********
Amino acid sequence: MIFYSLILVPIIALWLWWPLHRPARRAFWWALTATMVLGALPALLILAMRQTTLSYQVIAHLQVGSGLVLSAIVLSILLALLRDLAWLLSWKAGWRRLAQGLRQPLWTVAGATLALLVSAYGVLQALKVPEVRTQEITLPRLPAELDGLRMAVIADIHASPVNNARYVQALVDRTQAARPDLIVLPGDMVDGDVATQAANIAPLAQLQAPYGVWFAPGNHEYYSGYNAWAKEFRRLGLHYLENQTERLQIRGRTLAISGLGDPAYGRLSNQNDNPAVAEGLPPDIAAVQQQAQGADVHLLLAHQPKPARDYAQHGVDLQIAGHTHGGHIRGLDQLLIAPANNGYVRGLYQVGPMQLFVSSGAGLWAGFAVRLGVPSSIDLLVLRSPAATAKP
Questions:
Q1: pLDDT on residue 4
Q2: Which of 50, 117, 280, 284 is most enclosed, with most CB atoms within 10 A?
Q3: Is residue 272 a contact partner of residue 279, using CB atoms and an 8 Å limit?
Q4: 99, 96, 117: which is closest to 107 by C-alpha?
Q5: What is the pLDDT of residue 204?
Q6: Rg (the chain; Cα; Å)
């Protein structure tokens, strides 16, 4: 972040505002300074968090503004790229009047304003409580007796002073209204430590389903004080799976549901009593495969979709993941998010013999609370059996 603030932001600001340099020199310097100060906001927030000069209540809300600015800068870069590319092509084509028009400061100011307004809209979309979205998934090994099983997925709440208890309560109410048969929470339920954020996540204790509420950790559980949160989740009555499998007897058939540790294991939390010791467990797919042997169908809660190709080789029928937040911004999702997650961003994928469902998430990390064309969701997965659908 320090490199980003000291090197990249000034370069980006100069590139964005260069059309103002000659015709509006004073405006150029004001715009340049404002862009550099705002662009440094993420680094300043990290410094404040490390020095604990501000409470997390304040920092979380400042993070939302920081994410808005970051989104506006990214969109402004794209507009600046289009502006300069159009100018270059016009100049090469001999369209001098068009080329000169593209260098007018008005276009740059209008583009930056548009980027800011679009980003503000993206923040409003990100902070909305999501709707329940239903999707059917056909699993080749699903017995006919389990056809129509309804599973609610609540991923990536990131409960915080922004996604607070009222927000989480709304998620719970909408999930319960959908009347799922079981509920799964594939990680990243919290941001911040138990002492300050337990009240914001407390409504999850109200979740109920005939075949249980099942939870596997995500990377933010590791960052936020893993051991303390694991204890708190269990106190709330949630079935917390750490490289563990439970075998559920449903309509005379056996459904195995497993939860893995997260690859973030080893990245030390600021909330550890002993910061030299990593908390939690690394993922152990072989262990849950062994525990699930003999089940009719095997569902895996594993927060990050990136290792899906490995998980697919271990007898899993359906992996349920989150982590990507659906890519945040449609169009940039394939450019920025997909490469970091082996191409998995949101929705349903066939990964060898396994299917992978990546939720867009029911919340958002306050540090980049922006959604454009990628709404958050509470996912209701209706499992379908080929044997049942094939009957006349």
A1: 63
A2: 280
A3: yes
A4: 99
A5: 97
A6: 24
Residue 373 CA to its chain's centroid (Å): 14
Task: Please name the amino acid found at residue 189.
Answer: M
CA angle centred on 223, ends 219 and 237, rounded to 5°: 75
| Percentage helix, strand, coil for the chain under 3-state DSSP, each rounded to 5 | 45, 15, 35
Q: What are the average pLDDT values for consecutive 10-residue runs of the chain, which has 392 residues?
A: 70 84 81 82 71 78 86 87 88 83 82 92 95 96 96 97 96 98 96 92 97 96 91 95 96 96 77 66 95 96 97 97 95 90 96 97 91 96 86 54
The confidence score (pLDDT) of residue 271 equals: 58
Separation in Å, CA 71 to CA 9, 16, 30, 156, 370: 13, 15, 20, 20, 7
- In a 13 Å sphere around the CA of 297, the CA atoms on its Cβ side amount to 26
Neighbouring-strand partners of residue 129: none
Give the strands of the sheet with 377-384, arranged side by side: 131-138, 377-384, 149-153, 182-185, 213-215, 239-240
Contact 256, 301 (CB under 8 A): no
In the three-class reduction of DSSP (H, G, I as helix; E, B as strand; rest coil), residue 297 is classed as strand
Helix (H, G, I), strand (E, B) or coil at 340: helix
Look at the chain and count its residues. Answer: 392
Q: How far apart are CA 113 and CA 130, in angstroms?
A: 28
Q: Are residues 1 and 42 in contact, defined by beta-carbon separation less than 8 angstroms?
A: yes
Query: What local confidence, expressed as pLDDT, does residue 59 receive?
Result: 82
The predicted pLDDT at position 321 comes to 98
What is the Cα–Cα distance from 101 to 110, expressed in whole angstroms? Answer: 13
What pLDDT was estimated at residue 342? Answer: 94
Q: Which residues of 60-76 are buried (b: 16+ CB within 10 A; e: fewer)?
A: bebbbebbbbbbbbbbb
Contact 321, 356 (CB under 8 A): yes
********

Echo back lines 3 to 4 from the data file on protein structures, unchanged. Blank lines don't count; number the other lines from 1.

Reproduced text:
Q1: pLDDT on residue 4
Q2: Which of 50, 117, 280, 284 is most enclosed, with most CB atoms within 10 A?